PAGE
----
One bit of analysis/reaction to Sunday that I haven’t read yet, the lack of execution in the first 2.5 quarters that made Jim’s decision that much more painful. Putting myself in Jim Caldwell’s shoes as a coach that expects high levels of execution from his extremely efficient team, there were 3 plays in that game that could have made Jim’s life a lot easier while making the exact same decision:
- The blocked extra point after the first touchdown of the game actually ended up costing the Colts 2 points, not just 1 point. This is because the Colts later attempted a 2 pt conversion to make up for the miss and didn’t convert. Adjusted score at #ColtsGate: 17-10
- The Colts have been among the best teams this season at turning red zone opportunities into touchdowns. In the 2nd quarter they had to settle for a short field goal after getting into the red zone. You’ll recall the close call between Peyton and Reggie which is a catch we have seen Reggie make before (last season at Houston comes to mind). So not converting there cost the Colts 4 points. Adjusted score at #ColtsGate: 21-10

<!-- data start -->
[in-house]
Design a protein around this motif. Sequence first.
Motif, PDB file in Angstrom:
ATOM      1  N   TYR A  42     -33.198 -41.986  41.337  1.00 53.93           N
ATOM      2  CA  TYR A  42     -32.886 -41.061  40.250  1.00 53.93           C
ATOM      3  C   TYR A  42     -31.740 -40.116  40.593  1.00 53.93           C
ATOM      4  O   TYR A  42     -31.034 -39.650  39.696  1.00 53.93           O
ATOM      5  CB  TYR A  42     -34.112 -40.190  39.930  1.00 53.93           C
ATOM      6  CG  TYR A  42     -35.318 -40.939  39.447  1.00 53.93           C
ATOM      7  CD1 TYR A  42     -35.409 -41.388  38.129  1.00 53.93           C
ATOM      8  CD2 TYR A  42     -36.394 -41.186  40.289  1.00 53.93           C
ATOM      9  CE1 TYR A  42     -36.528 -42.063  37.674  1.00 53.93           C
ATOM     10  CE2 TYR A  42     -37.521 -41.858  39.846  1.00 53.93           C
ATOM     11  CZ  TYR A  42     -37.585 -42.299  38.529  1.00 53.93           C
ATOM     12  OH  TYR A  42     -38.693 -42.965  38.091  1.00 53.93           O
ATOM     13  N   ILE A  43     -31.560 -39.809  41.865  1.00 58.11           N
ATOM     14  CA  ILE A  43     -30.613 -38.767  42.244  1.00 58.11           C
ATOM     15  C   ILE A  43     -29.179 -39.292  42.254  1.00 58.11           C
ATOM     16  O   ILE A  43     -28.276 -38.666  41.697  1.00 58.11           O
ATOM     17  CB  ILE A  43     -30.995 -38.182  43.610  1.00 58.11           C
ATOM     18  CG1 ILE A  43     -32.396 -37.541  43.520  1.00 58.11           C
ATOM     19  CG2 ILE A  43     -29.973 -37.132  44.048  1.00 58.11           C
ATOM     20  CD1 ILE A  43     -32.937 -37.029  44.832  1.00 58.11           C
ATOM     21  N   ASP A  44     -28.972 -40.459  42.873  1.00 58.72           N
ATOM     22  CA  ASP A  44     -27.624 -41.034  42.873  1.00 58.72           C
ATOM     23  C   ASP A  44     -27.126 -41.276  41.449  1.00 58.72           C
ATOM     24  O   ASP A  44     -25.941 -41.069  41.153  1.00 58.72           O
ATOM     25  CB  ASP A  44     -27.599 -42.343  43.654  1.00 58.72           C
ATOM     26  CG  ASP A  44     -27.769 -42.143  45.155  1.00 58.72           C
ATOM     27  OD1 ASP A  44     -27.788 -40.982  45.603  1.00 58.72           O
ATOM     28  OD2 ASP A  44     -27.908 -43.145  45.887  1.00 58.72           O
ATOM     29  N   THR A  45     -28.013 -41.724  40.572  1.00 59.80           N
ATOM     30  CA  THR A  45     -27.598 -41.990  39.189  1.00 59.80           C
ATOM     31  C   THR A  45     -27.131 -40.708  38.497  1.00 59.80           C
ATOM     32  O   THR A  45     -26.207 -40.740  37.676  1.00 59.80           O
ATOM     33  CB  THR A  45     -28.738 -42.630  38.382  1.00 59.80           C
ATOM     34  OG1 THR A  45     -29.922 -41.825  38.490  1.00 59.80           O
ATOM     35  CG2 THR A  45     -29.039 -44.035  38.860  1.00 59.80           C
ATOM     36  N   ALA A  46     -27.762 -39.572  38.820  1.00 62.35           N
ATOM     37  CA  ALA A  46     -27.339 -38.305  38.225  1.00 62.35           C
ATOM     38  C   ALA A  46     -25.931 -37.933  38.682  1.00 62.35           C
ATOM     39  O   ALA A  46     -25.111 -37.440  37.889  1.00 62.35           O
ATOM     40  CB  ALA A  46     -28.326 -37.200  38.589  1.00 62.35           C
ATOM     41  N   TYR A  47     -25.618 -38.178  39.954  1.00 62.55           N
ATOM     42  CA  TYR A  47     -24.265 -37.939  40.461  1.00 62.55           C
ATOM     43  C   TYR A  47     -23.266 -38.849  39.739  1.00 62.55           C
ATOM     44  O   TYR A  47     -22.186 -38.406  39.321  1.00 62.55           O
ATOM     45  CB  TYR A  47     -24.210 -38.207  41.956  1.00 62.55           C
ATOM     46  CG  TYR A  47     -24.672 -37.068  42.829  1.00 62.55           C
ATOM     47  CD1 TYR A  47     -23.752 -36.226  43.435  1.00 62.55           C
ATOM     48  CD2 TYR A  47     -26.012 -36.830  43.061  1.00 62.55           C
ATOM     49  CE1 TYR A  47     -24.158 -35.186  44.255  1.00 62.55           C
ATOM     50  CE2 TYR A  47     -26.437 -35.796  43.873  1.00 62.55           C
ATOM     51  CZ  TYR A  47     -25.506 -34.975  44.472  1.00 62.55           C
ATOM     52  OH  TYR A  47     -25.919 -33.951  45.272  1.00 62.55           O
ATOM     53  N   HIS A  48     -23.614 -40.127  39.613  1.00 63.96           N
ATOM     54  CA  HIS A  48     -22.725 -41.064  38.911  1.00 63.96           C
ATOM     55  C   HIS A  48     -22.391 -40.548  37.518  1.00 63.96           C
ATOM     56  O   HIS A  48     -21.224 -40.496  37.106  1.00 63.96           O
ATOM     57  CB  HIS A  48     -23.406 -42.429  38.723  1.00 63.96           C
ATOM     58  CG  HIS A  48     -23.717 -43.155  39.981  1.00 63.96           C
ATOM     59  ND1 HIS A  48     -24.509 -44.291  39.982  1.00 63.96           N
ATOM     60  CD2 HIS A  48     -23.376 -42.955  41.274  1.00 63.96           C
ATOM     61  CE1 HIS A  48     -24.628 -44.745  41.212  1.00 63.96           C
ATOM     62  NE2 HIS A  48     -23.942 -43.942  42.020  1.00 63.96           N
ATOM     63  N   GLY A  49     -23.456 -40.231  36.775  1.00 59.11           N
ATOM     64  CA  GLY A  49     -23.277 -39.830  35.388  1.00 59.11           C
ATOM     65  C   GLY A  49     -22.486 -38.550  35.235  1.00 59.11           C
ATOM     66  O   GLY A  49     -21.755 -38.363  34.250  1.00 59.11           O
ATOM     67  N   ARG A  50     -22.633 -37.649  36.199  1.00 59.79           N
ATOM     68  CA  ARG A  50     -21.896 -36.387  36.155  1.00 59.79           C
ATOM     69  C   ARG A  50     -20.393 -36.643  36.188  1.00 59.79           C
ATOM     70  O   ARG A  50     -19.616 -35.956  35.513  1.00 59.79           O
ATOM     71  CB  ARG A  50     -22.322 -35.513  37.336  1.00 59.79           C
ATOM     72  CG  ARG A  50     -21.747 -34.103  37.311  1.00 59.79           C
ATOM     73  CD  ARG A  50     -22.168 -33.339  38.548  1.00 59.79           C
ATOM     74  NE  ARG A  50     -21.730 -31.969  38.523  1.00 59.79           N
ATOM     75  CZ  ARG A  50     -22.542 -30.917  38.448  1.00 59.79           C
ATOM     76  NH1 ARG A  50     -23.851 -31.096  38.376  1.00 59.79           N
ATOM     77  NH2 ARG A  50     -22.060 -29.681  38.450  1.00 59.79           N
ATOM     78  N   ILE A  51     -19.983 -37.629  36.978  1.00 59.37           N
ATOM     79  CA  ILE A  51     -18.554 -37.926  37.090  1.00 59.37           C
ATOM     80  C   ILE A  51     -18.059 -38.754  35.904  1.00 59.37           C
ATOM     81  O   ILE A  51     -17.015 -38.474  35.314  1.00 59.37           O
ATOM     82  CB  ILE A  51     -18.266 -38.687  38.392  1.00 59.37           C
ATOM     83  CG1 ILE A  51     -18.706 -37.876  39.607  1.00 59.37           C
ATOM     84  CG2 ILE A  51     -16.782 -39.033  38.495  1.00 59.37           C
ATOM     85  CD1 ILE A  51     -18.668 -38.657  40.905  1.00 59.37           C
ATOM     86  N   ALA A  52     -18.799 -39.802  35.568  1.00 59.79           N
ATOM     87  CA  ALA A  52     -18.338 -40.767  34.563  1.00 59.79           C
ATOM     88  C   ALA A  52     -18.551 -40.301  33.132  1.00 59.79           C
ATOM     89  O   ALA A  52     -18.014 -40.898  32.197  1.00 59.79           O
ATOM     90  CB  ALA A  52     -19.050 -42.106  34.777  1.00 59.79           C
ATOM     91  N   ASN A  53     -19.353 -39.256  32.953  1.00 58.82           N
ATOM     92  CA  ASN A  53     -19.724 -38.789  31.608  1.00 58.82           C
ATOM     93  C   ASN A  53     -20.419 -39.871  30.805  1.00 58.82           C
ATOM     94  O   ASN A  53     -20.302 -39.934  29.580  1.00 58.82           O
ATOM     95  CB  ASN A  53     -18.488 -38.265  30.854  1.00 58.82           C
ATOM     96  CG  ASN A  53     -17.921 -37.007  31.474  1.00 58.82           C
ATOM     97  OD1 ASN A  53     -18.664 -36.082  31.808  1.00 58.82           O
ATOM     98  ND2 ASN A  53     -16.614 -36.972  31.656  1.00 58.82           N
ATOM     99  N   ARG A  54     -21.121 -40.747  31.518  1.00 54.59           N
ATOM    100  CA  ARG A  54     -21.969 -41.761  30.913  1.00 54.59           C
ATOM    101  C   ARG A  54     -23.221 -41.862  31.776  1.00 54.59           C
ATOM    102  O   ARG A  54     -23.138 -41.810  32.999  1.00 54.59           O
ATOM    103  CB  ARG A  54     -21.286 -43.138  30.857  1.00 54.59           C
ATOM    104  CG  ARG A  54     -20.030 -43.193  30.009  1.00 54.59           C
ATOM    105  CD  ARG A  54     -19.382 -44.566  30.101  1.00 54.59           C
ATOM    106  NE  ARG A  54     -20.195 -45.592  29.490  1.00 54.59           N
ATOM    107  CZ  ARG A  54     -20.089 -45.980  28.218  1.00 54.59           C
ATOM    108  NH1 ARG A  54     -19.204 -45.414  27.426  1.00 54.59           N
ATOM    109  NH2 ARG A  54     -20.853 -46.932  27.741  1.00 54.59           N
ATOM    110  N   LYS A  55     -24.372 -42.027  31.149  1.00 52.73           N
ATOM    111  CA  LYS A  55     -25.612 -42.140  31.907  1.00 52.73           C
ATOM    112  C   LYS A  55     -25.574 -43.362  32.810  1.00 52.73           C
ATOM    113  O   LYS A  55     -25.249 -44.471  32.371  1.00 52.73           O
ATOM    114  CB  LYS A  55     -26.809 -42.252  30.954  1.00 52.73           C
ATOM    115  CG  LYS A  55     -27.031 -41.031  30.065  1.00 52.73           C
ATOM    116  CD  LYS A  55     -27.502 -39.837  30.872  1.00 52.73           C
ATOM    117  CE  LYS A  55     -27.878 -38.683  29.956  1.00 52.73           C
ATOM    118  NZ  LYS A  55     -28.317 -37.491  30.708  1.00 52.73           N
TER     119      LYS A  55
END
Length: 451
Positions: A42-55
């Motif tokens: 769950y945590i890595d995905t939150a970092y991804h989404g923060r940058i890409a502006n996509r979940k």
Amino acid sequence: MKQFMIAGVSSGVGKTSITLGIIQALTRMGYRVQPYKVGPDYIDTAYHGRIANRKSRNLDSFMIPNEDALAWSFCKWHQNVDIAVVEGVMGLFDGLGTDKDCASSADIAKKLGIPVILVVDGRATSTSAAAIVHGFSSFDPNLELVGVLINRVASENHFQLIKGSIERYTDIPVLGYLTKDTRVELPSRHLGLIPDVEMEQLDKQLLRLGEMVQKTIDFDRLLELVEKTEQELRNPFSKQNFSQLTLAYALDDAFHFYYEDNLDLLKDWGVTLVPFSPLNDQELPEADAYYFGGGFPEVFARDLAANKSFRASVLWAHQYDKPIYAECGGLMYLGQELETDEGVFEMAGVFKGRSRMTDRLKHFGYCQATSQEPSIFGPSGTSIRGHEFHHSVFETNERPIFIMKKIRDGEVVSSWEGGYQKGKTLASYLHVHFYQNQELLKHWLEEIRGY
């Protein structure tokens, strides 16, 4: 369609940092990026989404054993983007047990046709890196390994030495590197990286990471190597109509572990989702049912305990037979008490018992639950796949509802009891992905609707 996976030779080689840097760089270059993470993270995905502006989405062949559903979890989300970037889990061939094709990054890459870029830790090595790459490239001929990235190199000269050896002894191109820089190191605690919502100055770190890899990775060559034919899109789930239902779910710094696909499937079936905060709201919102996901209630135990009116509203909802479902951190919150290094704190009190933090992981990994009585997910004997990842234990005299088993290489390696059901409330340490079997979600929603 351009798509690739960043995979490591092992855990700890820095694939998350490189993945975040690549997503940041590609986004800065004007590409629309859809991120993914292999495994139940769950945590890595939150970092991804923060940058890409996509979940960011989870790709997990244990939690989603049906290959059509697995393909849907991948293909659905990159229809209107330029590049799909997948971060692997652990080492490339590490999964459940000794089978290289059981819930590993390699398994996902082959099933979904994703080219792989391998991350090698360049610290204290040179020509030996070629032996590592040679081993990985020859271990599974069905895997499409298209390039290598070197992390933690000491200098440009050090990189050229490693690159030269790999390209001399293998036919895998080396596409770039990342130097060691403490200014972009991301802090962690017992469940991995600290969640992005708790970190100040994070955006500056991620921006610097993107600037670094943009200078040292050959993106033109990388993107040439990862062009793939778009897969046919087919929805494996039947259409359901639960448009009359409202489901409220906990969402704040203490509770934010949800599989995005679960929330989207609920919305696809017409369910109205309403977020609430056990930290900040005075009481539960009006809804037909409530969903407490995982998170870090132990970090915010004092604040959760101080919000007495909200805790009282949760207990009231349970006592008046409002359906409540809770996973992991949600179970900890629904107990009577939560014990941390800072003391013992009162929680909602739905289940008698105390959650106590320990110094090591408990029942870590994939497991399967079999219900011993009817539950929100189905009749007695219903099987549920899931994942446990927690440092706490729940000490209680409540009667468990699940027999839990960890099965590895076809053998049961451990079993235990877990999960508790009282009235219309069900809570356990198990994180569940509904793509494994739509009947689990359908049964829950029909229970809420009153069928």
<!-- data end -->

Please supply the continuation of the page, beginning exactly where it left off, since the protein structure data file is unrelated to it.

- I bet that kickoff return to start the 2nd half really honked off Caldwell and Peyton and here is why: Caldwell had told Peyton at halftime (I am speculating), “You’ll get one more series to turn this 6 point lead into a 9 to 14 point lead, two scores…then we’re resting you. So make it count.” Then immediately after kick-off, boom, that two-score lead is out the window. Had the Colts coverage team held, I would wager the best the Jets could have done there with starters still playing defense and not completely deflated from resting Peyton would have been a field goal. Another 4 points in the Jets favor. Adjusted score at #ColtsGate: 21-6